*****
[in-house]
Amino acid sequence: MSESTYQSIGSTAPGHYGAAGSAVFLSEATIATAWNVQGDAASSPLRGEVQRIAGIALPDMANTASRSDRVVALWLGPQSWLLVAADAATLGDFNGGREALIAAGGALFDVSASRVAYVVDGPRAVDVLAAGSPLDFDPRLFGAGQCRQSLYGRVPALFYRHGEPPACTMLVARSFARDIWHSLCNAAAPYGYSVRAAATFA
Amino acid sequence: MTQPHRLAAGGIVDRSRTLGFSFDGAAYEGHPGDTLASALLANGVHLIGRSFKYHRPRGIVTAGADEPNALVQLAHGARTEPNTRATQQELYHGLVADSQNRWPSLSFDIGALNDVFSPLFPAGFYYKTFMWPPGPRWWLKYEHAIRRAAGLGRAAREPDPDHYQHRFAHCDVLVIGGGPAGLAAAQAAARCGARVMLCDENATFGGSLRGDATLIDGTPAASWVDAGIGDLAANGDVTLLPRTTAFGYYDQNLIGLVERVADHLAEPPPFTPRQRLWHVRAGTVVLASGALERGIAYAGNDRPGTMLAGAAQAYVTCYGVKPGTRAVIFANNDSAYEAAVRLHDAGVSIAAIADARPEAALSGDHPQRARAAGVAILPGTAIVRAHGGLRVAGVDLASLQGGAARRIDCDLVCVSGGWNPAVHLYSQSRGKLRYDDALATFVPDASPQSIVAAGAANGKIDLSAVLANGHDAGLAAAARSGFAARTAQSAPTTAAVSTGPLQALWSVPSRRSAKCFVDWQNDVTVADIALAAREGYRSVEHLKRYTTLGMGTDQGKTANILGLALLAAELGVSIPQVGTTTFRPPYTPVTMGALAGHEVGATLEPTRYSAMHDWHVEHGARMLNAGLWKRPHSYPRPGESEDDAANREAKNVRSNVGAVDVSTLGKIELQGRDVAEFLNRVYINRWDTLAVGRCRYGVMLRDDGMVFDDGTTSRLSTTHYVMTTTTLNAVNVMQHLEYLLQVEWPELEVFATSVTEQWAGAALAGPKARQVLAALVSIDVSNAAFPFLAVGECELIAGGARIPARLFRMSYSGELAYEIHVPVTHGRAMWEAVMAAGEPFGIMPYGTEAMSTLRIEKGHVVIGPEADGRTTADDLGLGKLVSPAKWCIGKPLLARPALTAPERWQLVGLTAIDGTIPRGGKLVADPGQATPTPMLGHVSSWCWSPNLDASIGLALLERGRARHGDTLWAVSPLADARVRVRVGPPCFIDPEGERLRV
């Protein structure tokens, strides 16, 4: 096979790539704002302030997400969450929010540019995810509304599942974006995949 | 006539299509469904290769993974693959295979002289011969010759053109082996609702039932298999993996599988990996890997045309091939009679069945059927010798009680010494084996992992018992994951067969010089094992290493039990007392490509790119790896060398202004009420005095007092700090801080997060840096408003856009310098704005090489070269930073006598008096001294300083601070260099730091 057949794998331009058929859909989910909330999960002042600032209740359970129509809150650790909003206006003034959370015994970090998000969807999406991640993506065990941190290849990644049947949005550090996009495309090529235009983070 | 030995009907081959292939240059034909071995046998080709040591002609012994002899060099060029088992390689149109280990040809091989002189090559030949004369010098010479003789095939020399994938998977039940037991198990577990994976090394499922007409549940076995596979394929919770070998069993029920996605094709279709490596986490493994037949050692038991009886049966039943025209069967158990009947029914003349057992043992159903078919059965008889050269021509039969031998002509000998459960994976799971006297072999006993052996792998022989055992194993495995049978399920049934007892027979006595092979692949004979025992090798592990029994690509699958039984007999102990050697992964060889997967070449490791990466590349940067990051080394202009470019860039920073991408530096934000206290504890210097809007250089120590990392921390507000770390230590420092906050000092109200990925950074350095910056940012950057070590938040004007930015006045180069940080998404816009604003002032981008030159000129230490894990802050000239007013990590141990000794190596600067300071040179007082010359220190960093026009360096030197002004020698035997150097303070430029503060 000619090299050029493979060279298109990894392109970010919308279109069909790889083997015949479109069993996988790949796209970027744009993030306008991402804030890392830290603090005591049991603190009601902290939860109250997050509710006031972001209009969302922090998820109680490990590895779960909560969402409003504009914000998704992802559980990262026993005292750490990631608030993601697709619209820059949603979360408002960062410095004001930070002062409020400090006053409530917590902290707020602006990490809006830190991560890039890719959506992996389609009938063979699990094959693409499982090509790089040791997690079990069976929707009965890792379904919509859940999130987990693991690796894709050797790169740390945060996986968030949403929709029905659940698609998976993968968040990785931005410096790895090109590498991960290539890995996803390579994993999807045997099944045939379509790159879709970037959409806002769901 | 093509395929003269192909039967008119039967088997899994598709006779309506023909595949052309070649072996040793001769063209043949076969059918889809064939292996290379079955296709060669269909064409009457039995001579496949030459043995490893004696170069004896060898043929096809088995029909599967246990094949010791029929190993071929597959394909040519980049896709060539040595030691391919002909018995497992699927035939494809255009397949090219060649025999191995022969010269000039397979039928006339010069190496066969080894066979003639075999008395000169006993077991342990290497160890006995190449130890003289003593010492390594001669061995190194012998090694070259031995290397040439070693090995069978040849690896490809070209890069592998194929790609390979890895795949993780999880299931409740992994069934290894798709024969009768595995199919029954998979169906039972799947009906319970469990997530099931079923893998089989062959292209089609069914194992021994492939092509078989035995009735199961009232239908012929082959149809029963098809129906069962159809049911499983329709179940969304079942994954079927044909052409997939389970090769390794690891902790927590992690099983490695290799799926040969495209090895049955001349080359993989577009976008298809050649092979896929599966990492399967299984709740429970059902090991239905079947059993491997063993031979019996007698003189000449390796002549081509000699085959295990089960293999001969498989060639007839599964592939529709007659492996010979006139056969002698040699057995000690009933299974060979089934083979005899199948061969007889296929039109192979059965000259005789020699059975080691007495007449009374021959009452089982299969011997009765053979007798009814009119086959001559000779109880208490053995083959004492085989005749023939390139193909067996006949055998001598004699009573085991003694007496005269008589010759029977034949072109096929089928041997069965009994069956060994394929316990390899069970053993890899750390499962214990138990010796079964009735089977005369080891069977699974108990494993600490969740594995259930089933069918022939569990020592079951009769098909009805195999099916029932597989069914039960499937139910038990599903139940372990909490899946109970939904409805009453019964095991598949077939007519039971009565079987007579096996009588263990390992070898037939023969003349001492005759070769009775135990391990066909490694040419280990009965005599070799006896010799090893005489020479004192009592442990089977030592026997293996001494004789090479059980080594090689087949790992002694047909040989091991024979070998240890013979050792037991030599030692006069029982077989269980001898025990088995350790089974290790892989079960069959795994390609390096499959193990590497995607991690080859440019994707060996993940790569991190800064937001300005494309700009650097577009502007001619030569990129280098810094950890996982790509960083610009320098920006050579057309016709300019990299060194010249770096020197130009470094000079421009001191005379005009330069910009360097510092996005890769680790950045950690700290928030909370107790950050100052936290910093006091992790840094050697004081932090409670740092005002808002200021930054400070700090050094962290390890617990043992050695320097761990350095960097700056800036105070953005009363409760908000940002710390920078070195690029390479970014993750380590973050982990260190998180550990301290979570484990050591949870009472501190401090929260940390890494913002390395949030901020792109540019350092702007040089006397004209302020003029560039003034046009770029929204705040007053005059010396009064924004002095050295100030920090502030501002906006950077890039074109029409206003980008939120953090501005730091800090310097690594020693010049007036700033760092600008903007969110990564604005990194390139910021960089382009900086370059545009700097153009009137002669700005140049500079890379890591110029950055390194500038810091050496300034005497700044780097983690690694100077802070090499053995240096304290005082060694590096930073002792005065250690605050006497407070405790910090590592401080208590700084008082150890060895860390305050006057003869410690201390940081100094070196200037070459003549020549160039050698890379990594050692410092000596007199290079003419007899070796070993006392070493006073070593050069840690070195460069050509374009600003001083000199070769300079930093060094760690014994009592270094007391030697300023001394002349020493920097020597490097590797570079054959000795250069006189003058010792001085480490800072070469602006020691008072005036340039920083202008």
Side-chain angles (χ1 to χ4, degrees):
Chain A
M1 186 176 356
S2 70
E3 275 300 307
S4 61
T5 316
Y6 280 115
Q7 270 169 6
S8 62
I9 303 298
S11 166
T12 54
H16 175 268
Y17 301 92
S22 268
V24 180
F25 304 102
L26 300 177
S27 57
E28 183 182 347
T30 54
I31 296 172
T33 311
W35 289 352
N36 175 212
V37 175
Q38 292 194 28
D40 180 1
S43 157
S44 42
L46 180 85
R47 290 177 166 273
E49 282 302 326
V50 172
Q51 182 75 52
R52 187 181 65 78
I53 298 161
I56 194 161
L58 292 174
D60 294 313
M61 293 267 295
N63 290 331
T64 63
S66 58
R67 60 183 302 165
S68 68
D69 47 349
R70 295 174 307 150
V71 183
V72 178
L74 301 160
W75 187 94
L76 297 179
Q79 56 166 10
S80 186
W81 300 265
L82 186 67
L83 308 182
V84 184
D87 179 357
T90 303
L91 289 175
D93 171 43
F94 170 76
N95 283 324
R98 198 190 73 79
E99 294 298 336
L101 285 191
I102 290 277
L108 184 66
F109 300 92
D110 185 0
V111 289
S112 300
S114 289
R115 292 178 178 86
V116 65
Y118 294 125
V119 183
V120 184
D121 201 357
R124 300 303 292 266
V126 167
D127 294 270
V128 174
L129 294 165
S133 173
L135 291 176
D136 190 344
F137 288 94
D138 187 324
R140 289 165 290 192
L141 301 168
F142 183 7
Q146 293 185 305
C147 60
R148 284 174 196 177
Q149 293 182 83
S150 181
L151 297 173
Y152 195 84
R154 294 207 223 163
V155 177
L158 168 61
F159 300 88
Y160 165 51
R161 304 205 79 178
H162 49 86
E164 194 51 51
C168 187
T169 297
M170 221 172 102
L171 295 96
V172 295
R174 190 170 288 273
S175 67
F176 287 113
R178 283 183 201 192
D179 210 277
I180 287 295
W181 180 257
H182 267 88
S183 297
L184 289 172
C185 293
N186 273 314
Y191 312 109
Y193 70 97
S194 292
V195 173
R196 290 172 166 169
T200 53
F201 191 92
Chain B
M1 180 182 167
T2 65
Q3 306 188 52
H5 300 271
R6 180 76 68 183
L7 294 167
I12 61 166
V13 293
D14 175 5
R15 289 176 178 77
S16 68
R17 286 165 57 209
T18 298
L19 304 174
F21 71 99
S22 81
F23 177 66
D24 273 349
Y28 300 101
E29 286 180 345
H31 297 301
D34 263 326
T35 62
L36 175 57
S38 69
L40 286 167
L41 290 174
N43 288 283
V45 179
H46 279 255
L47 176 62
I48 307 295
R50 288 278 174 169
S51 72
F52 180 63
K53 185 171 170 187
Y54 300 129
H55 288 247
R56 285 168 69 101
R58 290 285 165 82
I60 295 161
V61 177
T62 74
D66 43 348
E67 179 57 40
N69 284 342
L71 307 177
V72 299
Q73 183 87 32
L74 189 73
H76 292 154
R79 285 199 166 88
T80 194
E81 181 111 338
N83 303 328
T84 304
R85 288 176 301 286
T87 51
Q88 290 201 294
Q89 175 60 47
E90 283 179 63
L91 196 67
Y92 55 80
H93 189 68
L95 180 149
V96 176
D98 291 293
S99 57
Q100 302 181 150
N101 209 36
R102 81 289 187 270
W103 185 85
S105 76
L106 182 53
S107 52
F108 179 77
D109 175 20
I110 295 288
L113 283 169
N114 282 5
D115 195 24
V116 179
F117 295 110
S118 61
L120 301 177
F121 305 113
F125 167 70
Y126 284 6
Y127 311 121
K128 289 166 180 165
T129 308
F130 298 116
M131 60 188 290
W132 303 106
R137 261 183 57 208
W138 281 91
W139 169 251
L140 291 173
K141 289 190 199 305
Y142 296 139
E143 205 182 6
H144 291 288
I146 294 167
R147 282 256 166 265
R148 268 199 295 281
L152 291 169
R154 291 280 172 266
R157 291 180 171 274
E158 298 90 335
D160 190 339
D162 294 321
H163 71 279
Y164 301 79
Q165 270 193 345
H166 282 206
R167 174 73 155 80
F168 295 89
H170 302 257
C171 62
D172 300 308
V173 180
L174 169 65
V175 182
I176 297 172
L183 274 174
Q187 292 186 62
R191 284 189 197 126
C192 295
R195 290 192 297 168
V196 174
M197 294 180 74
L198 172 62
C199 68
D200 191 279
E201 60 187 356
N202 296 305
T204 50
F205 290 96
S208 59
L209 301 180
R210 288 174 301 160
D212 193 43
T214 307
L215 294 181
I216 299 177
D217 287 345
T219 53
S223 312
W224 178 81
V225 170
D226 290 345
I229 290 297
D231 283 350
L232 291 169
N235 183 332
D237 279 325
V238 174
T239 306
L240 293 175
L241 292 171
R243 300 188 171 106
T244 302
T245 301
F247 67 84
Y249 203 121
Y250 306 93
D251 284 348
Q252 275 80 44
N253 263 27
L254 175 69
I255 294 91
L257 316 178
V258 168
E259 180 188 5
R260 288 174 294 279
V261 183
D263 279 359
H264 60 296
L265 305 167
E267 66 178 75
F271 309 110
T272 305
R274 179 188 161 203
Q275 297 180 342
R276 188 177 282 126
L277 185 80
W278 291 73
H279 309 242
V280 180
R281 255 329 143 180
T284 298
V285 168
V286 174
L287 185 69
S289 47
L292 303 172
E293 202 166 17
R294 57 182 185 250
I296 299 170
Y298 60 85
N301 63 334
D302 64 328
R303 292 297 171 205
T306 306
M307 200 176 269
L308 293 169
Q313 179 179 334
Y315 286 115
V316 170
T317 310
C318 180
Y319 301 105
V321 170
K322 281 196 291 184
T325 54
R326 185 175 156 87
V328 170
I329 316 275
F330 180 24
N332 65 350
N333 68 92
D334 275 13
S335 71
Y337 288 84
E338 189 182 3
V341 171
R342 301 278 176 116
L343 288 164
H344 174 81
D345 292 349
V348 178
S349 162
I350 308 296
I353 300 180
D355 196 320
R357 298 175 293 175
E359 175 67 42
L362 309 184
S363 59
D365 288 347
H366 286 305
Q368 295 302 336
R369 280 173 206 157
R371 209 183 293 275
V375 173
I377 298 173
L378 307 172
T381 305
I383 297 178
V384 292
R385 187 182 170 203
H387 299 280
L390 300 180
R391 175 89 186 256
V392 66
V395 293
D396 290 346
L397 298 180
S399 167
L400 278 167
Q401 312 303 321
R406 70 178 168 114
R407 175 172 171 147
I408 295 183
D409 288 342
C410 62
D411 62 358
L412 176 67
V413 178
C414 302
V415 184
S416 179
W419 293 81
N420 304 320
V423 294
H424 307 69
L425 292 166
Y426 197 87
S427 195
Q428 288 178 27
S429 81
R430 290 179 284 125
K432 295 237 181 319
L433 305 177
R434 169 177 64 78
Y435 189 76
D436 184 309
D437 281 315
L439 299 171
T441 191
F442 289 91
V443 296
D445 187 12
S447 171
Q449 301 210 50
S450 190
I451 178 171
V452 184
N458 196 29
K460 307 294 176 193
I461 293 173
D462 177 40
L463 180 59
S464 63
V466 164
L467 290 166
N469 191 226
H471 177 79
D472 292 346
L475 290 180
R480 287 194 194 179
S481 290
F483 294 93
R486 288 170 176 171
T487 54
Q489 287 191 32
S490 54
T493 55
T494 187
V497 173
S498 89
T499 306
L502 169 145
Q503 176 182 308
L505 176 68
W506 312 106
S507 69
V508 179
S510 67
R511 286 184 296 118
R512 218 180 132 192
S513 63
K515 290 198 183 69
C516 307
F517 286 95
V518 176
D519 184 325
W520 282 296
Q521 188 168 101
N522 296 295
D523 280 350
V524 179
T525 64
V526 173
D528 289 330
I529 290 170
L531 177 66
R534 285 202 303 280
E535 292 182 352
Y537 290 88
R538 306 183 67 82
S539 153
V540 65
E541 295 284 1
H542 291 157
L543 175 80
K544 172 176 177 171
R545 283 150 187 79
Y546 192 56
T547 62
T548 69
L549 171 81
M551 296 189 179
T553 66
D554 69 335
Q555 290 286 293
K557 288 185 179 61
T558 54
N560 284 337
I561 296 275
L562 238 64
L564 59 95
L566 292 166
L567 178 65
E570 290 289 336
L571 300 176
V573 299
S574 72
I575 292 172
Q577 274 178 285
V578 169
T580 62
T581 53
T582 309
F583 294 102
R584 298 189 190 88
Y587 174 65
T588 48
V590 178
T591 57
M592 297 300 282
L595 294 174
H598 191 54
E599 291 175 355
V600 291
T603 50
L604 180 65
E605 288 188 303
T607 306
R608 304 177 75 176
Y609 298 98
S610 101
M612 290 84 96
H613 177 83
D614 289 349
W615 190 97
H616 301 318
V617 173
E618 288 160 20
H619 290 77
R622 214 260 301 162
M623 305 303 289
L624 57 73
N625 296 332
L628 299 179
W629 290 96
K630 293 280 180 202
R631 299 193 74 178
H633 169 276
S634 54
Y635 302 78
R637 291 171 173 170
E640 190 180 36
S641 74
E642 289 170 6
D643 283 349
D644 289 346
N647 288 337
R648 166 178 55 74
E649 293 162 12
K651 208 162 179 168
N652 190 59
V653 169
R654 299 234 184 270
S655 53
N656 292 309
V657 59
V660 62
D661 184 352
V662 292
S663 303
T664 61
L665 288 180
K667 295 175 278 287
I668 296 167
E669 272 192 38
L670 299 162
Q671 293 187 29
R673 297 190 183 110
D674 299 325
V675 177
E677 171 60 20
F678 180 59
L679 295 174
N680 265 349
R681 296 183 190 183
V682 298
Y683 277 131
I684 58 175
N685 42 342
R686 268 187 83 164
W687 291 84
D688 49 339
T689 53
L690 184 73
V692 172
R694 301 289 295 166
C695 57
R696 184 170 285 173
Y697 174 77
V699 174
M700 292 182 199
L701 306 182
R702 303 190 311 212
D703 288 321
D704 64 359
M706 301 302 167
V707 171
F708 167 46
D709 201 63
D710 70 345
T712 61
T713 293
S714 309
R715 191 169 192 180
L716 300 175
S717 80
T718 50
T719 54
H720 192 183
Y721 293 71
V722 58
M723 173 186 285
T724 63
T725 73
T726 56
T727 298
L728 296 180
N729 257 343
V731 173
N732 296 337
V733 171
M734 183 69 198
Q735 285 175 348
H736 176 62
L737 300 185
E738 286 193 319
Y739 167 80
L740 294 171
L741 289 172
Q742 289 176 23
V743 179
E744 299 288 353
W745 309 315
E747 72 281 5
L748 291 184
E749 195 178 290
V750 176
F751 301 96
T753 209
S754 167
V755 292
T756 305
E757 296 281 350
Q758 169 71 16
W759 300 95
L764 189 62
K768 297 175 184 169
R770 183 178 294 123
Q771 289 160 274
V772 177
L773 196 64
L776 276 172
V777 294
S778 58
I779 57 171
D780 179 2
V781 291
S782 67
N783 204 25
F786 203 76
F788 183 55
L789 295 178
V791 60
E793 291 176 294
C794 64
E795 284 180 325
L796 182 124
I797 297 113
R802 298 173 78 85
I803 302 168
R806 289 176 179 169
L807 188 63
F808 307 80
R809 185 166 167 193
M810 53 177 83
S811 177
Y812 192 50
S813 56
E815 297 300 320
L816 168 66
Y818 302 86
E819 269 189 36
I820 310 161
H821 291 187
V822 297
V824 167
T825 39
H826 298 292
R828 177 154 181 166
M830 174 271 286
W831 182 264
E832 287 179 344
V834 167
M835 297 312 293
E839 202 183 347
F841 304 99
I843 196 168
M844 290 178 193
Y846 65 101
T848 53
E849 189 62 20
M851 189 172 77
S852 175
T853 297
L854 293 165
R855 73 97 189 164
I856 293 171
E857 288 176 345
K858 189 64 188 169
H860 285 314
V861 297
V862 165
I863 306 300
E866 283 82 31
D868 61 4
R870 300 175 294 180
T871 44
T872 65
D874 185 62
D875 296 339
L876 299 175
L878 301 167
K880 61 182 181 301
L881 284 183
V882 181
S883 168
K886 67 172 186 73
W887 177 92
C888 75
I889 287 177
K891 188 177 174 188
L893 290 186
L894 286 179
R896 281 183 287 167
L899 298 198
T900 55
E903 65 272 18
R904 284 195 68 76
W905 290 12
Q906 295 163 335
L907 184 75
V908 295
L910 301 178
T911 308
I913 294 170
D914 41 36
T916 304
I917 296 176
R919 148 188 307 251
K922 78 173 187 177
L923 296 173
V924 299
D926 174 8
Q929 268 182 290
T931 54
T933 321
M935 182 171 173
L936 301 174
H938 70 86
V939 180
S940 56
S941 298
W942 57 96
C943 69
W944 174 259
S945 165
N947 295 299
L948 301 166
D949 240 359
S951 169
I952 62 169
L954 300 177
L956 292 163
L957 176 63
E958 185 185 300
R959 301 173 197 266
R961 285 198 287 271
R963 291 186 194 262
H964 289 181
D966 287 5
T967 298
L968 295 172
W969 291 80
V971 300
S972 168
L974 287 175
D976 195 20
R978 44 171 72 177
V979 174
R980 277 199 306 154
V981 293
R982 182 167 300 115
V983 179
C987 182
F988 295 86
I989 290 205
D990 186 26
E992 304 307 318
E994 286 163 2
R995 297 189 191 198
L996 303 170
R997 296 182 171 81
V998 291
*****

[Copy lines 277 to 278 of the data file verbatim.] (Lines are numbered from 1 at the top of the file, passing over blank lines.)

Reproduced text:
F205 290 96
S208 59